Tulips are one of the most essential spring flowers in the gardening and floral industry. They’re seen often in flower beds, fields and gardens, as well as in table arrangements and bouquets. In fact, the vibrantly colored blossoms are so symbolic of spring that they’re one of the most popular flowers for spring wedding arrangements!
Tulips are my favorite flower, always have been. I love all the different colors and the unique varieties. Some of our favorite varieties are the frilled and parrots. We want to share some fun & interesting facts about tulips.
1. At this moment there are about 150 species of tulip bulbs with in total 3000 different varieties. The 3000 varieties are naturally occurring and genetically cultivated varieties in the flower industry worldwide. New varieties of tulips are regularly created, but it takes each one at least 20 years to go from the beginning stages of cultivation to your local market.
2. The beautiful flowers are actually related to another popular spring flower: the lily. Tulips are a part of the Liliaceae family, which also contains lilies, onions, garlic and asparagus.
3. Tulips have a wide variety of meanings, with each color symbolizing something different. In general, tulips are said to symbolize love and signal spring’s arrival. Tulips are the symbol for love, passion, perfect lovers and romance. Red tulips represent true love, white tulips say “I’m sorry,” and purple tulips symbolize royalty. Interestingly, a multi-colored bouquet of the blossoms is said to be a compliment of the recipient’s eyes.
4. At one point in history, tulips were the most expensive flower. In fact, in the 1600s the flowers were more valuable than most people’s homes, and cost almost 10 times what an average working-class man earned in a year.
5. Tulips are known for their bold colors and beautiful shape, and most varieties are indeed almost perfectly symmetrical. The blooms have three petals and three sepals, but since the sepals are almost the same size and shape as the petals, tulips appear to have six petals to a bulb. Most tulips have one flower per stem. There are some species that have up to 4 flowers per stem but it is rare to see & find this.
6. Like many other flowers, tulips are edible! The flowers can be used to replace onions in many recipes and are even used to make wine.
7. Tulips originate from the Himalaya area, they were brought to Turkey from there. Around 1560 they were brought from Turkey to the Netherlands. The Netherlands are the largest producer and exporter of tulips worldwide, growing and exporting nearly three billlion bulbs each year.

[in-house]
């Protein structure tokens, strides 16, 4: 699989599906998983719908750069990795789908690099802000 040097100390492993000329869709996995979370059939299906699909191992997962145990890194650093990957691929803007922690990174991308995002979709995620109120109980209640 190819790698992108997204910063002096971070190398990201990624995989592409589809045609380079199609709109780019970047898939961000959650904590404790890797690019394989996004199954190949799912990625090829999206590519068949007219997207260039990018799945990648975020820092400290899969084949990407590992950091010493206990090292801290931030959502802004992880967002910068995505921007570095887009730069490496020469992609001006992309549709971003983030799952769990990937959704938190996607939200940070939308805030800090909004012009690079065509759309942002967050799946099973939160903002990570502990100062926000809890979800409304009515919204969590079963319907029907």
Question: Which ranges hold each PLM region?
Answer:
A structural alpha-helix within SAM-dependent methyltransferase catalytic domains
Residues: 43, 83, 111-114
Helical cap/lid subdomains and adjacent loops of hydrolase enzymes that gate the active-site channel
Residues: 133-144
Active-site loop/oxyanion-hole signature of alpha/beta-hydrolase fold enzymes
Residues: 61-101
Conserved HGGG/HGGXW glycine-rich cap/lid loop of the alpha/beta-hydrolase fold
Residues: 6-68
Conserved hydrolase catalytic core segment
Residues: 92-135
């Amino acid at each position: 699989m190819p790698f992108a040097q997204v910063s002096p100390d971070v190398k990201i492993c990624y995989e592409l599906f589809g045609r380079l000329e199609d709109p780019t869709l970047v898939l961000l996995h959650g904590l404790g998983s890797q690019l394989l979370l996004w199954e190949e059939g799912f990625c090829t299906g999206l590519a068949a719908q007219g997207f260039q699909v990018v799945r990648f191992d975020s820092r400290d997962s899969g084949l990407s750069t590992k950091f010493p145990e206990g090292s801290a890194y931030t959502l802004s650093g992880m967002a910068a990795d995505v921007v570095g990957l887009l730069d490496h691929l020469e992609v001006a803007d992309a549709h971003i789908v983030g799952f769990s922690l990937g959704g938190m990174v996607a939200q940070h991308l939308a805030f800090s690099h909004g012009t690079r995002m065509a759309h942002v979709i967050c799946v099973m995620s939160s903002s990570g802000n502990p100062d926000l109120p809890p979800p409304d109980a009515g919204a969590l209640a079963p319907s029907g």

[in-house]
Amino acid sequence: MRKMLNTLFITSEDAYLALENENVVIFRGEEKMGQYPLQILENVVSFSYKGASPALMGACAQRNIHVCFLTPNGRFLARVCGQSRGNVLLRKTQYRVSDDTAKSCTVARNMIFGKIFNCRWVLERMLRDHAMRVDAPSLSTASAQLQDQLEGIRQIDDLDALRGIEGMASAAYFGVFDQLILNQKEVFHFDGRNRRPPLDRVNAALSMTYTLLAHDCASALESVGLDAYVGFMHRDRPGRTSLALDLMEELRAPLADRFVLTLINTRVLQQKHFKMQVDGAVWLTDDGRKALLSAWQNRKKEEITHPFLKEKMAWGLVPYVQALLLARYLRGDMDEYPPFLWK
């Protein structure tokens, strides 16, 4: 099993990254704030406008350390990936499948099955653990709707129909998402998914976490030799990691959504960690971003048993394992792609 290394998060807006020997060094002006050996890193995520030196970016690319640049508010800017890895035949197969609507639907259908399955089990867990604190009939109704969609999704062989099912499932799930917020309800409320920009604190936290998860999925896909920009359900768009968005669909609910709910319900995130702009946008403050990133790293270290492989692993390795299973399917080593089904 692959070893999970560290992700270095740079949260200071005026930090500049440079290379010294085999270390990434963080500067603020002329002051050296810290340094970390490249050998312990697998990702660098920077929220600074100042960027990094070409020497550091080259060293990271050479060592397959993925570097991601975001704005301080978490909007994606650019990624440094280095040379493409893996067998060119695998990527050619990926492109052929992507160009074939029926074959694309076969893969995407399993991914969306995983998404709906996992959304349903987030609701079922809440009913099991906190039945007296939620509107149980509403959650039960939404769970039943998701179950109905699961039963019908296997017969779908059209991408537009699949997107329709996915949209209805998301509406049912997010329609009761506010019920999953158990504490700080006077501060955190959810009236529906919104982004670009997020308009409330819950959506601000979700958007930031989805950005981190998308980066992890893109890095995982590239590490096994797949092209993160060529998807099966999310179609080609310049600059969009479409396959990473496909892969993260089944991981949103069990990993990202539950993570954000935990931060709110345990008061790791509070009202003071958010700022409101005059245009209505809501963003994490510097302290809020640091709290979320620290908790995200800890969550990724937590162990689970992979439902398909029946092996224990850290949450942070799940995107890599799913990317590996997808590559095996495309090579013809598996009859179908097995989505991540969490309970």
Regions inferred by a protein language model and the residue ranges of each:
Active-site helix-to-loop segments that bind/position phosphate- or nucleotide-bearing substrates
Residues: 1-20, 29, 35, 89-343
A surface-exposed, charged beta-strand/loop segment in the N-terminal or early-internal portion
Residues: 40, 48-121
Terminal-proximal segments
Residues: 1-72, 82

8. Tulips’ shapes are what originally gave them their name. The name originated from the Persian word “delband,” meaning turban. Tulips are available in many different colors. The blue tulip is however only available by paining or Photoshop.
9. During the 1600s when tulips were extremely valuable they caused what’s now known as “Tulip Mania.” People in the Netherlands traded tulips for their value, and the flowers actually ended up causing what some say is the first economic crash, likely due to the bubonic plague. During the tulip mania one bulb was worth just as much as a canal house in Amsterdam.
10. Tulips are known for their bright and sunny colors, and they have actually been cultivated in every color except for classic blue (slight blue tulips do exist, but they have a purplish tint). One of the most interesting colors of a tulip variety is the deep purple of the Queen of the Night tulip. The flower is so dark it appears black in some lights and is quickly gaining popularity for its unique hue.
11. Tulips are clearly an intriguing flower with a rich history. Tulips still grow or extend towards light after they are cut and continue to bloom 3-7 days in a vase. They also have varieties in which the edges look like a parrot or are cut over and over again. They are simply amazing!
12. For Valentine’s Day, tulips are the second most popular flower to send (after the all time favorite roses).
13. Tulip color breaking: when you look at tulips and see a break in their color or a variegated look this is caused by a virus. The virus starts in the bulbs and is not visible. It is a strain of virus that at one point took out the tulip crops in history.
14. Tulips are phototropic, meaning they grow towards the light. If you have a vase of tulips and they are pointing down- just wait! They will grow up towards a sky window.
These are just 14 facts about tulips- there are so many more.
We love tulips and right now are putting them in all our bouquets going out. March will be delivered right around the 1st day of Spring- the perfect way to brighten someone’s day!
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